2. Java (and the JVM) is very popular for development and server deployment for many reasons.
                2a. Developers can develop on any operating system that runs a developer workstation and deploy on any operating system that runs on the server. Now Microsoft can offer the same thing.
                2b. The Java developer tools, compiler, and virtual machine are free on any platform. Now again, Microsoft can offer the same thing.

                3. Microsoft is moving towards making more money from hosted services (Office 365, Windows Azure) and less from software licenses.
                3a. It's more profitable for them to get $100 per year from you for an Office 365 license that you access from a web browser on Ubuntu Linux or from Chrome OS than to have you buy a Windows laptop and Office Home directly. So promoting Windows is now less important than promoting Office 365 subscriptions.
                3b. Windows Azure makes Microsoft money based on customer hardware utilization. Microsoft makes the same profit no matter whether the customer is renting Ubuntu Linux virtual machines or Windows Server 2012 virtual machines. So if making .NET free for Linux gets more customers onto Windows Azure, it just boosts their revenue.

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                • #28
                  Originally posted by Kemosabe View Post
                  Can someone explain me please: How is this beneficial for Microsoft? Why are they doing this?
                  This is my guess.
                  Microsoft has lost the grip on consumer devices and need something to get a grip there.
                  By getting .NET more used on other platforms would help getting more apps and programs working in the growing consumer device market.
                  Microsoft needs a better ecosystem in that market and i think Microsoft hopes that .NET will lead the way.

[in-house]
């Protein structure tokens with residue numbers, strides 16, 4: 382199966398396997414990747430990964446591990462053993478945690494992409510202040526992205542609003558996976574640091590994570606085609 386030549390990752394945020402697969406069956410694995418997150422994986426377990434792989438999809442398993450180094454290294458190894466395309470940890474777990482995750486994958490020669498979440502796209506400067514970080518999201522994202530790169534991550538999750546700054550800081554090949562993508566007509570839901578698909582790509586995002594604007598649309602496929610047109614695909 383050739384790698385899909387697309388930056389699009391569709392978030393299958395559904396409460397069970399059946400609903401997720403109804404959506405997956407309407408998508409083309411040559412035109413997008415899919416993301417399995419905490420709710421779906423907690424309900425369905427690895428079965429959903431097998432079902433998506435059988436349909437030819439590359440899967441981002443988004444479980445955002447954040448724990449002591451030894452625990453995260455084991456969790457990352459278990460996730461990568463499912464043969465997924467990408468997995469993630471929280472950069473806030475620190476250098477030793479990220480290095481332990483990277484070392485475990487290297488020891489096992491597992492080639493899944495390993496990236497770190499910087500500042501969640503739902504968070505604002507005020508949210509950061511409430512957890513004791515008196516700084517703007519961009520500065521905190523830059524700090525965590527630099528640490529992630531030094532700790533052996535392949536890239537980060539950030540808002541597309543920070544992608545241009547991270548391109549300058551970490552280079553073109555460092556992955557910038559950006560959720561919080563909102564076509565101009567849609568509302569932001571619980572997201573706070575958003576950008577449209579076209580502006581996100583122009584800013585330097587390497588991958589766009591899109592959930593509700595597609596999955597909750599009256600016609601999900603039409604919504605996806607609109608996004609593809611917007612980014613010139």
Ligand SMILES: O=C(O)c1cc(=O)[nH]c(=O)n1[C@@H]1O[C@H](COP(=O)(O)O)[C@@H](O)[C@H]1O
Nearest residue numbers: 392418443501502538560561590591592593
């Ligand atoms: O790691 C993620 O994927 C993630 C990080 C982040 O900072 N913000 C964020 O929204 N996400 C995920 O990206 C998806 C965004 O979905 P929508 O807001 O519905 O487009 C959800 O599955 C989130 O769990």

Microsoft would gain if other devices used .NET and developers developed more .NET for all platforms.
                  I think we will see a lot of changes in Microsoft in the coming years since it needed it Microsoft wants to continue being a big player, and i also think that the new CEO will do it.
                  But i don't think Microsoft will be able to take a bigger piece of the consumer device market.
                  Last edited by Nille_kungen; 11-12-2014, 03:31 PM.

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                  • #29
                    Originally posted by parched View Post
                    Not sure, but I can't help but thinking about "Embrace, extend, and extinguish"
                    I doubt it, because I don't see how the third step is possible when it is licensed under the MIT license with a patent promise. Anyone can fork it and distribute their own version if they want to.

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                    • #30
                      There was a technical reason for me preferring Java over .NET and that was the fact that it was designed for multiple versions of Windows with other platforms being an afterthought. .NET requires the Portable Executable format and also mixes bytecode and machine code in the same binary. If they are going to base it on an existing format, they need to change the file's header and/or suffix so it can be easily distinguished from the original format. Java does this, .NET doesn't.